This partial state will continue until $$\Q_2\$$ can turn ON enough to start hauling downward on its collector and thereby pull down on its collector-end of $$\C_2\$$, which by this time has accumulated almost $$\8\:\text{V}\$$ across it. So when $$\Q_2\$$ begins to haul down, the other end of $$\C_2\$$ will very very quickly cause $$\Q_1\$$'s base voltage to go well below ground and turn $$\Q_1\$$ completely OFF. $$\Q_1\$$ relaxes its grip on one end of $$\C_1\$$, which allows $$\R_1\$$ and $$\D_1\$$ to yank upwards and add still more current drive for $$\Q_2\$$ and now the bistable oscillation itself begins.

By this time, you should be able to work out more of the details of the bi-stable operation. Most of the hard work goes into understanding why it starts in the first place. The above, hopefully, adds a little light to that area.

(You should be able to work out the fact that once this circuit is up and running, it is driving the base voltages of each BJT well into negative voltage territory. With $$\9\:\text{V}\$$ as a source, perhaps down towards $$\-7\:\text{V}\$$ or so. This is likely to cause most BJTs to avalanche their base-emitter junctions. So these BJTs may work later as astable multivibrators for a while. But they won't be as good as before for analog work. Also, Spice will simulate the circuit as having some particular cycle time that does not take into account the avalanche behavior. In practice, the blinking period will be shorter than predicted because of it. Just FYI.)

Capacitors aren't even connected to negative rail, how will they ever charge?

They are. The negative terminal of each capacitor is connected to ground through the base-emitter junction of the transistors. The positive terminal is connected to +9 V via the LED and its current limiting resistor.

• Due to imbalances in the component tolerances and the transistor switch-on one of the transistors will switch on before the other.

The rest of the operation you can read about in many online tutorials.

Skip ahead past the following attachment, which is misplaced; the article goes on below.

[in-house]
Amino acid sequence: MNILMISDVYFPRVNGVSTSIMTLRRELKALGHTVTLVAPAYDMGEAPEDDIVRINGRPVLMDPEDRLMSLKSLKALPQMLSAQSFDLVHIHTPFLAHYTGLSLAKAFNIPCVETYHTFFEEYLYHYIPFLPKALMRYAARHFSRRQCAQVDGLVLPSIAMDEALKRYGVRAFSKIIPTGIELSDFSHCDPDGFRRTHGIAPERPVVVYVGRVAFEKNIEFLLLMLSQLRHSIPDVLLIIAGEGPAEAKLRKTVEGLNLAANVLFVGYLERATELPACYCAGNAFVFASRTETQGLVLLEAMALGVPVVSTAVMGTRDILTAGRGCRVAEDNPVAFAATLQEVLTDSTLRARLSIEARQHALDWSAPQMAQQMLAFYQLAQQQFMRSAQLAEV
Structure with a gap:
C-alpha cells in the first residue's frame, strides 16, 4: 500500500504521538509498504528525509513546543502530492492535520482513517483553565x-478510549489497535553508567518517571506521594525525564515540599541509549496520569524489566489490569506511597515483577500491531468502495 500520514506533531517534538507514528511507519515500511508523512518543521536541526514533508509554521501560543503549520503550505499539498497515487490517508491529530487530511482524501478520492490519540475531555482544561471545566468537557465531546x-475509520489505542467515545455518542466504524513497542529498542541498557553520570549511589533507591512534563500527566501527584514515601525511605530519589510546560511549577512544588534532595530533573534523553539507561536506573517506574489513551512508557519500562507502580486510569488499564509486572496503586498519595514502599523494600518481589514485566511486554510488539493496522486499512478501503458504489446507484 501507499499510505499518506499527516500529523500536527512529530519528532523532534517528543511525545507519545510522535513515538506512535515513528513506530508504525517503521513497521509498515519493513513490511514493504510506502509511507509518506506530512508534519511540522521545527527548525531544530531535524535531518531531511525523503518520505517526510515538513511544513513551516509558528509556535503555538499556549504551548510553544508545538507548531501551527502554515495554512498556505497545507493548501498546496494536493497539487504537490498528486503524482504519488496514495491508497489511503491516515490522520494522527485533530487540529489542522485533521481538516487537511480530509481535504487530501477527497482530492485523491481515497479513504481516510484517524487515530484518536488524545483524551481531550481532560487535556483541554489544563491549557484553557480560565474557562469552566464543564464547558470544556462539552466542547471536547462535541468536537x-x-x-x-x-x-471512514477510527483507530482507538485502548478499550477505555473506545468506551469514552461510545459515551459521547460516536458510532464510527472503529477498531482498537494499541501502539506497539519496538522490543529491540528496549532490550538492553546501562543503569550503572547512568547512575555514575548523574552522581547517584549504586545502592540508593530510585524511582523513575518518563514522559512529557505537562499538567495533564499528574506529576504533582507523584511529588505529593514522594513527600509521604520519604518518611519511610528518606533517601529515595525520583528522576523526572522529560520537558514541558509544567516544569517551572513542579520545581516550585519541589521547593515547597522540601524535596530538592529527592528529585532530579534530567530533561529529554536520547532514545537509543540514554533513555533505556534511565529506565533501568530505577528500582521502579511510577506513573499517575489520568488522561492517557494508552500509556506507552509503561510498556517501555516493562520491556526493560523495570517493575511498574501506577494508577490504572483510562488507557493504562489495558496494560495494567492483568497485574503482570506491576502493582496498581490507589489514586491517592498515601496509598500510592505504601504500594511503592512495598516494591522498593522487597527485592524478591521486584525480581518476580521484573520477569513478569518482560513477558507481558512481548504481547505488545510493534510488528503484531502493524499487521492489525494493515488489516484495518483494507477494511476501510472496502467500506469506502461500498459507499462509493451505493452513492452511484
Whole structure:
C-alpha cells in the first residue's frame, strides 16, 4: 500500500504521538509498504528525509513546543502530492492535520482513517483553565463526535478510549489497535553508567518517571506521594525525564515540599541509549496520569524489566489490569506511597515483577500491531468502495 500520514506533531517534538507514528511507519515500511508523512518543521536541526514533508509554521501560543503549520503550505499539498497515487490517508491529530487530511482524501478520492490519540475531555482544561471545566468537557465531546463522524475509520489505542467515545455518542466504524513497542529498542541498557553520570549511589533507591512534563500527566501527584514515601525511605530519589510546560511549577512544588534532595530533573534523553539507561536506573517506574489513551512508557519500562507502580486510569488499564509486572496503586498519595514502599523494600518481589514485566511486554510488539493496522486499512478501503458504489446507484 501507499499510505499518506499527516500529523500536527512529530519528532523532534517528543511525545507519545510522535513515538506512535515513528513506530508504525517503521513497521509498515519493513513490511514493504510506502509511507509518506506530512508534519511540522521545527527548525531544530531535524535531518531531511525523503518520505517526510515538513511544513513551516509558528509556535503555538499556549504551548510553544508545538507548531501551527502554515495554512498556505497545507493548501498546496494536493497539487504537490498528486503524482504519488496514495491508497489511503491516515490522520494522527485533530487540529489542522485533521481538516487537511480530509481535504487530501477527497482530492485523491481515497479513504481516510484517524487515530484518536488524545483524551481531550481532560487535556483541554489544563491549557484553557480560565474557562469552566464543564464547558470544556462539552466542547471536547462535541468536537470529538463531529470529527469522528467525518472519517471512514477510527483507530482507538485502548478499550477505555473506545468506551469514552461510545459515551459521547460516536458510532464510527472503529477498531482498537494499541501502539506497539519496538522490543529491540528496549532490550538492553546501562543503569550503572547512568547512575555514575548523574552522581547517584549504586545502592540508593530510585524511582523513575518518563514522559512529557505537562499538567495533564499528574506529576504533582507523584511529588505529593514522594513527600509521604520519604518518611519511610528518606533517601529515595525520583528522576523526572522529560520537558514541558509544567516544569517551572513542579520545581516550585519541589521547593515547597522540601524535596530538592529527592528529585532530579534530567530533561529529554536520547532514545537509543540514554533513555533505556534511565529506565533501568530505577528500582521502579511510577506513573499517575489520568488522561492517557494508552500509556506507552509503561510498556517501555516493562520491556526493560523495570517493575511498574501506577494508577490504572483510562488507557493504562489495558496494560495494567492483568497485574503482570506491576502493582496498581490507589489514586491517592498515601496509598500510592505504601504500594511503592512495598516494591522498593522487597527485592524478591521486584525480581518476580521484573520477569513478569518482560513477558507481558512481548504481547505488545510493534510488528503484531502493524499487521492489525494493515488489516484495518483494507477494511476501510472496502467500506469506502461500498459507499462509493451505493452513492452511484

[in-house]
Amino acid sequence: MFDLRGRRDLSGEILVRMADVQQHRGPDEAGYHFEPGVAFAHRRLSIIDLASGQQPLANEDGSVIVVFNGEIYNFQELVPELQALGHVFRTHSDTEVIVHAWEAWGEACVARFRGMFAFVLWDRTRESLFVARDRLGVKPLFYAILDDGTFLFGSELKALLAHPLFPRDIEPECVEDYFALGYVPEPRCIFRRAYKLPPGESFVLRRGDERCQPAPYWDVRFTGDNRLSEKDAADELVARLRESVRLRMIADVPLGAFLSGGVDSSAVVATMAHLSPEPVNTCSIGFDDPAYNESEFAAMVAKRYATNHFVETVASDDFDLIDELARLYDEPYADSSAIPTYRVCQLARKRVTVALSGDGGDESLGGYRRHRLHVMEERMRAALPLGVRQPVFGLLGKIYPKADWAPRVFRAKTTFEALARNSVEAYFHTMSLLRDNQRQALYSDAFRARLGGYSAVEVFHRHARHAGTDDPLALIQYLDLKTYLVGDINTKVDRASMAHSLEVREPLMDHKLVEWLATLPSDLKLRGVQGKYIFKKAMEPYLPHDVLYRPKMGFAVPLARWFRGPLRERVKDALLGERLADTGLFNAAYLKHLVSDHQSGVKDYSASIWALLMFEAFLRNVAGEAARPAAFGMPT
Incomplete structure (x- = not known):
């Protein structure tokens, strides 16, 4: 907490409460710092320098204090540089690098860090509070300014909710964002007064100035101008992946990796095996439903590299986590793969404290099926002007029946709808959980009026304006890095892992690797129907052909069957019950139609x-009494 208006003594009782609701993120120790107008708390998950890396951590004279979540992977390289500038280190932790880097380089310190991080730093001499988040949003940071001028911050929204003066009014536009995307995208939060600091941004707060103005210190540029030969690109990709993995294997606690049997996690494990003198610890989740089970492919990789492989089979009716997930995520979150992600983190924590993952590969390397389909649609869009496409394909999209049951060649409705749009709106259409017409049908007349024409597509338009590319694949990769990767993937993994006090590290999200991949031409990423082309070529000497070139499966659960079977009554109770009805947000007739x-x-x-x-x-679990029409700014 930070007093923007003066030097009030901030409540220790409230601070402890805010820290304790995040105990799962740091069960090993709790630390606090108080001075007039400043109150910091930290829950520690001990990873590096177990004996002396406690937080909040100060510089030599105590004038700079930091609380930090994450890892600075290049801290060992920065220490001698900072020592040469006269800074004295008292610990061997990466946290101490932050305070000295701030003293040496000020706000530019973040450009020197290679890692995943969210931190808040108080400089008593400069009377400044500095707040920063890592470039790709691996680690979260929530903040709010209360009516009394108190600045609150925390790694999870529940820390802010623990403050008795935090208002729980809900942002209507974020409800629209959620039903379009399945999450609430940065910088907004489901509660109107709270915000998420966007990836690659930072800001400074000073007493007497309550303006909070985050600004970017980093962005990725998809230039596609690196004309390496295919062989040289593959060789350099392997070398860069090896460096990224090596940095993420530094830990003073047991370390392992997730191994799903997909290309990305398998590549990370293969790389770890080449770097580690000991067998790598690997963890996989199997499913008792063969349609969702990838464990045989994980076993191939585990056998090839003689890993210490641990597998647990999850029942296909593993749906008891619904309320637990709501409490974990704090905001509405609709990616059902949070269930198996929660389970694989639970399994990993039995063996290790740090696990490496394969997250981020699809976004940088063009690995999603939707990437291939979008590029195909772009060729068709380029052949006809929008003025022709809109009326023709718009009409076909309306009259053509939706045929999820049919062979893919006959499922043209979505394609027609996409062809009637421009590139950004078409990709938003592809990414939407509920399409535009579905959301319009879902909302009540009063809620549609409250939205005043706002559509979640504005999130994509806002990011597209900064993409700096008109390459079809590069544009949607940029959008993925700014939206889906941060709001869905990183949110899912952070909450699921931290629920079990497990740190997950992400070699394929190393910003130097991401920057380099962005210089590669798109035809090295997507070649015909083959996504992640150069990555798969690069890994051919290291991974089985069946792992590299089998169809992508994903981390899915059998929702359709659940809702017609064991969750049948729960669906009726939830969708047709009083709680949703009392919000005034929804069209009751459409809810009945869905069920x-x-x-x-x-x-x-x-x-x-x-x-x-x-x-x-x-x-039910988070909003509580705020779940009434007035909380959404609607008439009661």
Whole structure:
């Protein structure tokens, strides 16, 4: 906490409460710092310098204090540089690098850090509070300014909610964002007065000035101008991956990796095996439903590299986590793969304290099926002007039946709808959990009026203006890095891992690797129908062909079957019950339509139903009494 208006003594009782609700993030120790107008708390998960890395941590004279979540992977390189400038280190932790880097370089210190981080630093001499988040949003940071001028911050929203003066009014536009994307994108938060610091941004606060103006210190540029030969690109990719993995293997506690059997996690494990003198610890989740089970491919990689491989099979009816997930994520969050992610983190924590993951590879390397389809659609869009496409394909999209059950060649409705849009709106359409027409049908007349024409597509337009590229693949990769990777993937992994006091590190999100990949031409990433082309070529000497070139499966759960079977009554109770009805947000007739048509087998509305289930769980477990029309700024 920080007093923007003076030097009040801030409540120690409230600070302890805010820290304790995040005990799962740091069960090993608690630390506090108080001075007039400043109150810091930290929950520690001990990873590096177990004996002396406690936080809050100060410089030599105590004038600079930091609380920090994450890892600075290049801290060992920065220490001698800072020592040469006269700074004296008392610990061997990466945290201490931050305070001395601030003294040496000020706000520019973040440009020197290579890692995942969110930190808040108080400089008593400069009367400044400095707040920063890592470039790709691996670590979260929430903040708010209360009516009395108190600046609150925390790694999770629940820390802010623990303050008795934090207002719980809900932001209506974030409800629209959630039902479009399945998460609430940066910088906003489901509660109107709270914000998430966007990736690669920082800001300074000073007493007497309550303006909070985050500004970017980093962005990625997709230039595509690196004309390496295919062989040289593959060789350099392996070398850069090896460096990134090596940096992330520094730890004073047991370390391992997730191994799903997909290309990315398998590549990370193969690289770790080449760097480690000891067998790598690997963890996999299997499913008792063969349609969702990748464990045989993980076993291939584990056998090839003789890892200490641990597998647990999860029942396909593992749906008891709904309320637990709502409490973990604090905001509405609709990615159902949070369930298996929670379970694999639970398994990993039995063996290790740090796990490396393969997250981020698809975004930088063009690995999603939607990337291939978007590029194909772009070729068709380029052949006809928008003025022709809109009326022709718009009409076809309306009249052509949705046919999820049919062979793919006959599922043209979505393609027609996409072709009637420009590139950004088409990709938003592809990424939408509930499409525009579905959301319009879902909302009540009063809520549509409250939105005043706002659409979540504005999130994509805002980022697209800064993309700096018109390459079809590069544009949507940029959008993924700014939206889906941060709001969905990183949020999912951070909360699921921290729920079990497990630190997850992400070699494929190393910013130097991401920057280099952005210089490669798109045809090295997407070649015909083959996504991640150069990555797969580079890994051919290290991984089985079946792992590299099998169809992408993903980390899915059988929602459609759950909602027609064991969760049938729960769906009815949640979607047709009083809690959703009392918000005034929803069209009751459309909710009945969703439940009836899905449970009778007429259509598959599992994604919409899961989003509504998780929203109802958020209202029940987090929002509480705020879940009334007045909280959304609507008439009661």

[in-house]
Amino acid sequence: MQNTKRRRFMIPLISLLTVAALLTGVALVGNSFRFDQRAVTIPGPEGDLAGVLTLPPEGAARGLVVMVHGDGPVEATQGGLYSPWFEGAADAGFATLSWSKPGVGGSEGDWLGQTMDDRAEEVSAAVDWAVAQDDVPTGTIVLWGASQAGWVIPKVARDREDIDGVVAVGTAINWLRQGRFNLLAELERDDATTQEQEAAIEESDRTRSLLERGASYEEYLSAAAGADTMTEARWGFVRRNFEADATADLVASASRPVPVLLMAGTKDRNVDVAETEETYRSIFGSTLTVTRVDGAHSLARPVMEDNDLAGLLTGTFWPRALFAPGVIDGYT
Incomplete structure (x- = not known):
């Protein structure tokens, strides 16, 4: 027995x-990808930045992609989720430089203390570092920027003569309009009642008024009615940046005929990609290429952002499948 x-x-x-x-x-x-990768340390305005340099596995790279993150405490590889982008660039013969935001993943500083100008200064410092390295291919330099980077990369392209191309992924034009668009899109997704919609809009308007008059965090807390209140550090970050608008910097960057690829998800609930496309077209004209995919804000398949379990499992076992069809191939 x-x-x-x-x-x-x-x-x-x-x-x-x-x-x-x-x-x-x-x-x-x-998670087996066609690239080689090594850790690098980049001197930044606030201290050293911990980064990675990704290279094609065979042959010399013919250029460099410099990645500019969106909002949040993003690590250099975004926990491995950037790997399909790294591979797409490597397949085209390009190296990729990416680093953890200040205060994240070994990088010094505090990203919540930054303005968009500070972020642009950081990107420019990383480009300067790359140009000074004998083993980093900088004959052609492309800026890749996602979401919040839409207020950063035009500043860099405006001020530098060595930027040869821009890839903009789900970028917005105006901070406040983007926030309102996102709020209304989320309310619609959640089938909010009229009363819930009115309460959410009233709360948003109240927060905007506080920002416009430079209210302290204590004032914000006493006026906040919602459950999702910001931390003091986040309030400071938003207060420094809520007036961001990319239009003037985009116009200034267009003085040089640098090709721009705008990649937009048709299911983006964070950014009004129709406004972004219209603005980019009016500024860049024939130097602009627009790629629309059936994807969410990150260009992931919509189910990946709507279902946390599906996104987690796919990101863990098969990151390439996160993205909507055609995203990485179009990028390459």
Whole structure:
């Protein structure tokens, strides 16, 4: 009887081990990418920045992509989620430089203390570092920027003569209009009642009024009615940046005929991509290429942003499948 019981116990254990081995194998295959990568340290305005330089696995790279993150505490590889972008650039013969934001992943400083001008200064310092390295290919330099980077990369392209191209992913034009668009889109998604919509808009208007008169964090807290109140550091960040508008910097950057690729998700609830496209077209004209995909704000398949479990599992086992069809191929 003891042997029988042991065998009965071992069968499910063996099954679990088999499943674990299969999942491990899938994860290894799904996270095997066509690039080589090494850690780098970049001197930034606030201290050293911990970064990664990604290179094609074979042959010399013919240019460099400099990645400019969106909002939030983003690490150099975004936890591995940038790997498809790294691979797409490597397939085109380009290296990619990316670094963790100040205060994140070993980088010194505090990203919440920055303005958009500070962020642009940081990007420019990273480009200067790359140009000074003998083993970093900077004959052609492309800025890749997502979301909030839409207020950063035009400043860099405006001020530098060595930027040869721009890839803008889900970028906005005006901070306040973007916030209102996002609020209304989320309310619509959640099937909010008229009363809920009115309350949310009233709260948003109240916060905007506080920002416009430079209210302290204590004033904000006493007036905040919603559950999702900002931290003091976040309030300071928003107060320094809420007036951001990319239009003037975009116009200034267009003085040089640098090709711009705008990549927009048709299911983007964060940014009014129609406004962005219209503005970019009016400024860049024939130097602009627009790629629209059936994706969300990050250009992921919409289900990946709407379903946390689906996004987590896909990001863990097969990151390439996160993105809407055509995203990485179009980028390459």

• Yeah, I dunno if we can trust an answer about a transistor circuit from a guy named "Transistor"... ;) Oct 22 at 20:02
• @KyleB since Transistor gives an explanation and you don’t… plus 1. Oct 22 at 20:19

That circuit is a transistor astable multivibrator.

Start with Q2 having just been switched on with its base at 0.7V and its collector at 0V. Q1’s base will be at -8.3V and will be slowly rising as C2 charges through R3. Simultaneously the collector of Q1 will be rising as C1 charges via R1. The collector of Q1 will reach 9V before its base reaches 0.7V because C1 is charging through a resistance of 470R (R1) whereas C2 is charging through 47k (R3). A little while after the collector of Q1 reaches 9V, its base will reach 0.7V switching Q1 on and forcing its collector to 0V. Voltages across capacitors with a series resistance can’t change instantly and so as the left hand side of C1 drops to 0V, its right hand side must also drop by 9V taking the base of Q2 almost instantly down to -8.3V, switching Q2 off and enabling its collector to rise fairly quickly to 9V as C2 charges via R4. A little while later the base of Q2 reaches 0.7V because C1 has been charging via R2. Q2 switches on and its collector drops almost instantly to 0V taking the base of Q1 down to -8.3V. We are back where we started and the above described sequence repeats.

There is a design flaw in that circuit. The bases of the transistors are taken down to -8.3V and the typical maximum data sheet specified VBE for a small signal transistor is only -6V! There are a couple of ways around this, lower the supply voltage or add schottky diodes (low forward voltage drop) in series with the transistors’ bases.

This circuit is called an astable multivibrator.

The very short description is, once the circuit gets going, each capacitor charges through the transistor collector and discharges through the opposite transistor base. The two transistors take turns doing this as one triggers the other into its opposite state.

A more detailed breakdown of this circuit is here: https://www.electronics-tutorials.ws/waveforms/astable.html

Or, rather than diving down that rabbit hole, try a simulation and see the behavior for yourself, here. A related circuit, the bistable multivibrator, is just this circuit with resistors instead of capacitors providing the feedback. It toggles only when triggered by an external signal.

• Yes, that's right, but when the capacitors are charging through the collectors the charging current is also flowing through the 47k resistors. In fact the size of the 47k resistors determines the magnitude of the charging current. When the capacitors are discharging through the bases, the discharge current is also flowing through the 470R resistors and the size of those 470R resistors sets the magnitude of the discharge current. Oct 22 at 22:40
• I'm taking a different approach to explaining the circuit by using simulation to visualize it. Oct 23 at 0:02

That circuit has no input.

Who starts oscillations?

Oscillations are started by the electronic noise of the components, that are very small voltage or current sources that excite the circuit.

Resistors have thermal noise et cetera.